“No intervention that takes power away from the survivor can possibly foster her recovery, no matter how much it appears to be in her own best interest.” Judith Herman

The quote above is from Judith’s book “Trauma and Recovery~ The Aftermath Of Violence”. I certainly feel like I’m in the aftermath of violence.  It was violent what my case management service did to me: first telling me they’re going to discharge me soon and then ripping away my mental health worker who I’ve been working with for years and trust. It was a different kind of violence. Not a physical kind of violence, but violence nonetheless. My psychotherapist tells me there’s many different kinds of violence, not just physical. There’s verbal, psychological e.g. defamation, financial, sexual, cultural, spiritual, and structural or institutional violence. Neglect is also considered a form of violence. Another type of violence I would add is sensory violence, such as motor bikes.

It has been several months since I lost my mental health worker, who was like a best friend to me. I still dream about him and the waves of grief keep coming. This morning I dreamt that he was still in my life, and woke up crying when I realised he’s not. Sometimes my distress is so bad it mirrors a medical emergency. One time, someone found me on the ground non-verbal and non-responsive and called an ambulance. One of the few things that help during these times is loving touch. Sometimes, all I need is to be held. No pills, no wizz bang therapies, just something very human.

Lately I’ve been just starting to find myself and what I like. I got back into photography. One of my favourite things about autumn is the mushrooms. I love anything bizarre and alien. I found some tiny blue ones in the forest the other day. I also met some other autistics. One of the girls I met is a fairy and is very spiritual, creative and different. I felt an instant connection with her and hope to keep in touch. I also signed up for a short course in consumer perspective work and feel this is what I want to do. I’ve been thinking of studying again (sociology). But most of the time I fall back into lethargy, pain, emptiness, and depression. I dread everything. I lose interest in things. Everything is just so difficult. I may always bear an injury from what the mental health system has done to me (and also the violence and longstanding emotional/social deprivation I grew up with). I am still, in many ways, a child living in an adult’s body but with the unfulfilled needs of a child. Maybe I will just have to live my life around the loss/trauma. A member of my Complex PTSD group likened this to the way mature trees find a way to grow around rocks/barriers:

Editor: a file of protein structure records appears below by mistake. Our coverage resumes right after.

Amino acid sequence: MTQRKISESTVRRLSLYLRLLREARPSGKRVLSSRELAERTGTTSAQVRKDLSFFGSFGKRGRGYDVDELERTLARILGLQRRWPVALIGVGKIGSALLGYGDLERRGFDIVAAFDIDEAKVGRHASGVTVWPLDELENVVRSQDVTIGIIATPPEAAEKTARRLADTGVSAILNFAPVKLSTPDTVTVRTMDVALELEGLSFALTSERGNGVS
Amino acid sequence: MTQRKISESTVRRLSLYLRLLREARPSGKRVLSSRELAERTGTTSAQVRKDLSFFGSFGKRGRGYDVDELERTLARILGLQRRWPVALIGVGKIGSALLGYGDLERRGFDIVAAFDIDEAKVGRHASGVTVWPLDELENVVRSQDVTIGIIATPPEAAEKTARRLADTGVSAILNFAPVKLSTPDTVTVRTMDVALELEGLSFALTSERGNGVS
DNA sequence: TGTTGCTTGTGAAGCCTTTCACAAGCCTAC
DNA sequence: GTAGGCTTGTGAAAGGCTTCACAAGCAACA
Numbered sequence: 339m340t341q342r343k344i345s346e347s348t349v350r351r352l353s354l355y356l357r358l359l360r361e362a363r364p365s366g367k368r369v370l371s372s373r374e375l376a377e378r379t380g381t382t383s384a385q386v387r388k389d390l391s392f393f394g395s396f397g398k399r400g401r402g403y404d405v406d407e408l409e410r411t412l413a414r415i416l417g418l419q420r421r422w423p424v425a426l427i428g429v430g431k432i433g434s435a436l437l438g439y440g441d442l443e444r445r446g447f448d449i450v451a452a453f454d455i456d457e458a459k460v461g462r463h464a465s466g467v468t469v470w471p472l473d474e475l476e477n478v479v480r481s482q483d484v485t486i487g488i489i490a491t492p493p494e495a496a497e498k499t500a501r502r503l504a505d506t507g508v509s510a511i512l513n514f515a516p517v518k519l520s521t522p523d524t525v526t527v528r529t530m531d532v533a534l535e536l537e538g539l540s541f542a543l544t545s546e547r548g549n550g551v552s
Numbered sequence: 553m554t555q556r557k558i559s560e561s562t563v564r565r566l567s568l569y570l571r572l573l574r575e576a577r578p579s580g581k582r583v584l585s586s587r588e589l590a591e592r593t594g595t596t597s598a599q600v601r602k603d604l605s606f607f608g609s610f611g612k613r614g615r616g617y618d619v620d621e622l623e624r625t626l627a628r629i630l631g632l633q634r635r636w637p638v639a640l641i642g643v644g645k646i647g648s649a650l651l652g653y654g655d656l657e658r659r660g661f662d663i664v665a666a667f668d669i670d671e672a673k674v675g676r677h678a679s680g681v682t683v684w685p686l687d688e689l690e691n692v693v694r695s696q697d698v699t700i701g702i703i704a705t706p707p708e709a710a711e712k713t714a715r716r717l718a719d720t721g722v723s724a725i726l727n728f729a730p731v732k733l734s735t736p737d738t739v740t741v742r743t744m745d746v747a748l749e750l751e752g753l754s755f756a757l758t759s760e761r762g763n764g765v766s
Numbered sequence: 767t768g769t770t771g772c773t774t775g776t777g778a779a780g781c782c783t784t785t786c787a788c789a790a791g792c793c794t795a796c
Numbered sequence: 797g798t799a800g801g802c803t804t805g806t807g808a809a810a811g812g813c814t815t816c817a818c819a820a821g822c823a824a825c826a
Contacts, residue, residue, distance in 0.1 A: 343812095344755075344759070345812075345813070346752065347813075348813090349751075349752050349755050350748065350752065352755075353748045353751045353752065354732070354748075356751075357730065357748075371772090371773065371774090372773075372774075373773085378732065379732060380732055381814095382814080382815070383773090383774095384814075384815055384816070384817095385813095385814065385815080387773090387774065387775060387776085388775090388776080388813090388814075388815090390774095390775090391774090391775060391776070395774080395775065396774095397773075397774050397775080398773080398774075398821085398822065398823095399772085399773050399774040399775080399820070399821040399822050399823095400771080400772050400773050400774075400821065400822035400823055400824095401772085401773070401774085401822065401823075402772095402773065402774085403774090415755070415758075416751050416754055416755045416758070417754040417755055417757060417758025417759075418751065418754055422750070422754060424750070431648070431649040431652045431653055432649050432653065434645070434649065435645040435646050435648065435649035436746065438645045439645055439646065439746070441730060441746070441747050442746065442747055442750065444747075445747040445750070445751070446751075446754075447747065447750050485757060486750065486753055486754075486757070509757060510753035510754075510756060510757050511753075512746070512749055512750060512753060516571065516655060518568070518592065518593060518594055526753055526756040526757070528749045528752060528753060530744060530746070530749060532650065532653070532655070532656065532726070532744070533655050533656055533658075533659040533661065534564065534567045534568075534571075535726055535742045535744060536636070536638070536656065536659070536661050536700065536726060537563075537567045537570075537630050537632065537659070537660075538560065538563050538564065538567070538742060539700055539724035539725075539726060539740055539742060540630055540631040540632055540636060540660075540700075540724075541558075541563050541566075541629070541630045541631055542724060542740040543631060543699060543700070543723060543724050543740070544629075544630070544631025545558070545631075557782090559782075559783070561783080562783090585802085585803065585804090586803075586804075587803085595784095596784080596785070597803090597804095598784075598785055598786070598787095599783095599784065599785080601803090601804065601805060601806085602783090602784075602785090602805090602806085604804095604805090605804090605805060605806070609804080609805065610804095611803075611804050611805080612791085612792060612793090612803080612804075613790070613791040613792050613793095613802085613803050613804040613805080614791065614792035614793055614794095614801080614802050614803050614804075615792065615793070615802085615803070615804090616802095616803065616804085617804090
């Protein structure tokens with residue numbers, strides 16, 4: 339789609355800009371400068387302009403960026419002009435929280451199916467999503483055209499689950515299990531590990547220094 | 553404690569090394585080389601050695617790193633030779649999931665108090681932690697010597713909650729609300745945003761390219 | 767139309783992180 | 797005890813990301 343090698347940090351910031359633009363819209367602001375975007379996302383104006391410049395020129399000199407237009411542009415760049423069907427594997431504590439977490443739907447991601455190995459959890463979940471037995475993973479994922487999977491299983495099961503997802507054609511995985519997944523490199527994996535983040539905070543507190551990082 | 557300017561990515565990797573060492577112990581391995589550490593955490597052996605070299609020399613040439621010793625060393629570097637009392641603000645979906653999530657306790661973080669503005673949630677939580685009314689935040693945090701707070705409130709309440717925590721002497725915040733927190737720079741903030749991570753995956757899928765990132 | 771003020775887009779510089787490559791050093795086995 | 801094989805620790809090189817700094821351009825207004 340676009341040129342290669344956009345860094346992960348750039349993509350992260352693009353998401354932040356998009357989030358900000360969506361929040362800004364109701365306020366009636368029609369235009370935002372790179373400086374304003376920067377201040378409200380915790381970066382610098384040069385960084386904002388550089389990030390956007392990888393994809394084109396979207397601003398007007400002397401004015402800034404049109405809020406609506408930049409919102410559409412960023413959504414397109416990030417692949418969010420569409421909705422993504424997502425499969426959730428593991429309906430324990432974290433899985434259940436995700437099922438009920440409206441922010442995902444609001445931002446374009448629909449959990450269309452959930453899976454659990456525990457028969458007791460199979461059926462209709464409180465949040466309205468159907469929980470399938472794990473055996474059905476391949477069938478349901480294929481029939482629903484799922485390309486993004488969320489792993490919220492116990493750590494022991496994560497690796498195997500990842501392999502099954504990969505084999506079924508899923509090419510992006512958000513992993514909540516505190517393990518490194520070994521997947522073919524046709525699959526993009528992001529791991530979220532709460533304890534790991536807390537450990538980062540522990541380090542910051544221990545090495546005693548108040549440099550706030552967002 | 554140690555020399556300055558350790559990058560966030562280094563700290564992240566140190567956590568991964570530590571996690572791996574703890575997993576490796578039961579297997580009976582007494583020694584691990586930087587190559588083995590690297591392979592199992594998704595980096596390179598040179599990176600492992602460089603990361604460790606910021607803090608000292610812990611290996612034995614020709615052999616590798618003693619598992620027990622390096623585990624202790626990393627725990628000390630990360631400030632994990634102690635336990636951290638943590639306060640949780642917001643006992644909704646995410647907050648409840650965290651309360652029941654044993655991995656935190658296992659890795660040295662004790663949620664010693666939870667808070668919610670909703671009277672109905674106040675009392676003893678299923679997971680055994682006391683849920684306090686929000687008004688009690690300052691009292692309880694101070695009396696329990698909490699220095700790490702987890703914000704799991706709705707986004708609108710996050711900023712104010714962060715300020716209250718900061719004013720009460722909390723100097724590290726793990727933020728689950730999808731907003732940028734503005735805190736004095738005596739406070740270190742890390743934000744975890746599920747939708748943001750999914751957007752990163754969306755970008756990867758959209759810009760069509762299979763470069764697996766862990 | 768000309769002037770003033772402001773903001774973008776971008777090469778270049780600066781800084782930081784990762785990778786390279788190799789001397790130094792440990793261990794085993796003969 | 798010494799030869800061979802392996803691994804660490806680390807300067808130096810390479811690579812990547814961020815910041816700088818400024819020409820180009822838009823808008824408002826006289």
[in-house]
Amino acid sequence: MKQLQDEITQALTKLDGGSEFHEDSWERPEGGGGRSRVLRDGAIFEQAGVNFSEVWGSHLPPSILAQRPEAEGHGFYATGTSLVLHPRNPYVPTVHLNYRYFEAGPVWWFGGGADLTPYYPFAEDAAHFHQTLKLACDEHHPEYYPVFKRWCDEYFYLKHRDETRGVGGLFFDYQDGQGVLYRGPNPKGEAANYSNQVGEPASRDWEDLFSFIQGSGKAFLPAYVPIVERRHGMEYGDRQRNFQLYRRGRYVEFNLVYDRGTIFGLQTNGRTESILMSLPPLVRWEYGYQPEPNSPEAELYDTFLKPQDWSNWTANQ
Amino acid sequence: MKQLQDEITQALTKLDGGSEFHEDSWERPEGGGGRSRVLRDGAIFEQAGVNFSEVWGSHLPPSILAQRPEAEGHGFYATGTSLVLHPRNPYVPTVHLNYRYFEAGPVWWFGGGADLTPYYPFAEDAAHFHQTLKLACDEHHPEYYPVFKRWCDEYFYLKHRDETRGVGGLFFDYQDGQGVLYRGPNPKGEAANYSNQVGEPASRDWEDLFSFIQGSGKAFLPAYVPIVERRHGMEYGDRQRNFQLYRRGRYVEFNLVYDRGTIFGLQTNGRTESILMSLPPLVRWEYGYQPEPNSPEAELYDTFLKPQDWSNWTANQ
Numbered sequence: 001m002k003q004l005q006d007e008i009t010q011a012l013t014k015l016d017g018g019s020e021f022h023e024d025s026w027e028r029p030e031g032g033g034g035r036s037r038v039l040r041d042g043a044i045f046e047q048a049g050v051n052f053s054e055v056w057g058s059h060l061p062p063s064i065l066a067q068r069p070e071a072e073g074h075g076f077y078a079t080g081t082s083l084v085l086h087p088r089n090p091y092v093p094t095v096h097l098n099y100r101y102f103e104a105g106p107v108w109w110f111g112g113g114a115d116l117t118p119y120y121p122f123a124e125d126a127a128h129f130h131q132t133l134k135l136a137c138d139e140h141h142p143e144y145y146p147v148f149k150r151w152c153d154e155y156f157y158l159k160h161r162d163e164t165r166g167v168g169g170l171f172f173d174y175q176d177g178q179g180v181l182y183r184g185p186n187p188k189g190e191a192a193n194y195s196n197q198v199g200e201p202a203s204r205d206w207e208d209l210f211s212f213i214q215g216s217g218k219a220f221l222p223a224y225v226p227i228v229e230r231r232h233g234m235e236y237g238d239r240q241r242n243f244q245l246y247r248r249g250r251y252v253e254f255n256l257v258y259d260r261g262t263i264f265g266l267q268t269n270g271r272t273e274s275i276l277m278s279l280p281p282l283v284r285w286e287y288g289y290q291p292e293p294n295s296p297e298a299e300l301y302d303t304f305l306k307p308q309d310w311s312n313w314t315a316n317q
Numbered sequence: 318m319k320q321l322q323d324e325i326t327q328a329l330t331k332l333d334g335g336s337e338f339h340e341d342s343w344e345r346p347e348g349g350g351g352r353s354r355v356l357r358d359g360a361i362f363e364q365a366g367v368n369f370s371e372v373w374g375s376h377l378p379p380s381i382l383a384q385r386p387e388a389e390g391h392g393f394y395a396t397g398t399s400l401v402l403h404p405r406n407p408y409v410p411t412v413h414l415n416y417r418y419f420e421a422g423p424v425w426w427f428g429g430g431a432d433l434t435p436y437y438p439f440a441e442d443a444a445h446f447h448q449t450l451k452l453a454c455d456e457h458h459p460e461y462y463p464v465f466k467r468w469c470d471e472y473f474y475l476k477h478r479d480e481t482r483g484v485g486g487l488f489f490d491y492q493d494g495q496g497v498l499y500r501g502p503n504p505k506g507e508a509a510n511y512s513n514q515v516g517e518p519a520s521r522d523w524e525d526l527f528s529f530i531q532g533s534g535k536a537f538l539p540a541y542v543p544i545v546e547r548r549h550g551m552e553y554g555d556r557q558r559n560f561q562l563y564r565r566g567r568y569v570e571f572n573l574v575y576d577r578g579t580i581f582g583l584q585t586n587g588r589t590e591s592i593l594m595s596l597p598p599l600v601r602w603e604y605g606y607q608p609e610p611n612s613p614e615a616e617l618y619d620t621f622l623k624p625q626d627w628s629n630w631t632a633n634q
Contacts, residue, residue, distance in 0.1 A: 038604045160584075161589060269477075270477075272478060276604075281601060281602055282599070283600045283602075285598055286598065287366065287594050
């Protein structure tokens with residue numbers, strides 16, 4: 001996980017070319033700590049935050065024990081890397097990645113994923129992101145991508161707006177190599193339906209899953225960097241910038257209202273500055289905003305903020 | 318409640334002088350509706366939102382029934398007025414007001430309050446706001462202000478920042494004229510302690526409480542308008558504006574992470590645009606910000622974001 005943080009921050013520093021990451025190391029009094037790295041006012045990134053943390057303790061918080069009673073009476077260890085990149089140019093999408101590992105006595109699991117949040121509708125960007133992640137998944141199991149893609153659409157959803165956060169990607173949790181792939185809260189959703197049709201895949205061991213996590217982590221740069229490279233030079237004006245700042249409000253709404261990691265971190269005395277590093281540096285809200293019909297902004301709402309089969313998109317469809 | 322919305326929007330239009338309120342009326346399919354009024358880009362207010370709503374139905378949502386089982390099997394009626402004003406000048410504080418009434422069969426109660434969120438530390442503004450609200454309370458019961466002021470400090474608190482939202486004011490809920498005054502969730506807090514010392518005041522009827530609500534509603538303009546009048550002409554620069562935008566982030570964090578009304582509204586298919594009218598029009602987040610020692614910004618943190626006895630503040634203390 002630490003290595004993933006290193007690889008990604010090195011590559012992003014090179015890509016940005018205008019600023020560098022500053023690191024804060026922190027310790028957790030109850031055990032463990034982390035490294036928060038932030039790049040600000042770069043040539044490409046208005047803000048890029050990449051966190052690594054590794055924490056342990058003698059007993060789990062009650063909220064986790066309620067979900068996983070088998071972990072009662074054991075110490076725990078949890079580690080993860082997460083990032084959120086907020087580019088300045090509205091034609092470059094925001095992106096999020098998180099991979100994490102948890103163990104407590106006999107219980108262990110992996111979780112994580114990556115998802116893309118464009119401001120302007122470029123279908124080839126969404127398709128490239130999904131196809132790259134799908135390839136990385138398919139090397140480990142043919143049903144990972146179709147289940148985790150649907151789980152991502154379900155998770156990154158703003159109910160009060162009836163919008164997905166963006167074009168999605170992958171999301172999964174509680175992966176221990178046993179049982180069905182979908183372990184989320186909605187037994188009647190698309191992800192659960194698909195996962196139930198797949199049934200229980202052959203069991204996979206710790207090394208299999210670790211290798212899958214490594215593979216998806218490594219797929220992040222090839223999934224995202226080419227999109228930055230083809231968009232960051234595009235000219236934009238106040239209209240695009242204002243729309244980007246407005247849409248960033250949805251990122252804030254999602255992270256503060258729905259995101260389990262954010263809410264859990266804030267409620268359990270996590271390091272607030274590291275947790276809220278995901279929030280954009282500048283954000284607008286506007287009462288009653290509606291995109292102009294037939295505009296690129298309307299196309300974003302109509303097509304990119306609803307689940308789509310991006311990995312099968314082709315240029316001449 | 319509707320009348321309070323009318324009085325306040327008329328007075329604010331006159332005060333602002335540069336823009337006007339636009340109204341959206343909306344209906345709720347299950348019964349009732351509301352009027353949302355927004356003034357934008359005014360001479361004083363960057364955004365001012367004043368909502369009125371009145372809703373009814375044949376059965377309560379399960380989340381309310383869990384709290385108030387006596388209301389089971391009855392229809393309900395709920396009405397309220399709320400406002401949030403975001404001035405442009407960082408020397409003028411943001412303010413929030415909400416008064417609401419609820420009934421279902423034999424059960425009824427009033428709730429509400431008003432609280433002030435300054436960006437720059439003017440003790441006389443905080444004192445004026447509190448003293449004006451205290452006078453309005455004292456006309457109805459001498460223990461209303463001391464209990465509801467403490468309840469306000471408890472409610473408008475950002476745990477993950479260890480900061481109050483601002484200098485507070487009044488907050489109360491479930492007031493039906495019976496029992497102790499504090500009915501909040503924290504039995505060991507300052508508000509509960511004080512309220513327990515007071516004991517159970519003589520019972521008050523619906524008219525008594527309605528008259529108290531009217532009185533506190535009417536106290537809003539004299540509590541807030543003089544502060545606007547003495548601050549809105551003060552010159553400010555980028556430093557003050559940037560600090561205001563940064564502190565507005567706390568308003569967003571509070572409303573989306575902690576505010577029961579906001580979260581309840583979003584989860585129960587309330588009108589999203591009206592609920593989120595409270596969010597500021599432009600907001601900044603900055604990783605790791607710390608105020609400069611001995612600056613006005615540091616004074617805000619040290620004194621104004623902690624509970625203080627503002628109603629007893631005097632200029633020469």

“For me, these mature trees represent adult me, present day me, and the rocks represent the inner legacy of my very early childhood trauma that I now carry with me wherever I am and wherever I go, 24/7, constantly, day-in-day-out, every single moment…

My ‘trauma rocks’ sit awkwardly, heavily, uncomfortably and painfully within my being. My ‘trauma rocks’ are literally a burden on and an obstacle within my whole being… draining me psychologically, mentally, physically and spiritually of my finite life force. Exhausting me, overwhelming me and consuming me. And yet my ‘trunk’ and my ‘roots’  have found their own adaptable, awkward, uncomfortably, a bit off balance, a bit wobbly, yet nevertheless resourceful and resilient way to grow around my big, heavy, dense inner ‘trauma rocks’.”

tree growing around rock 2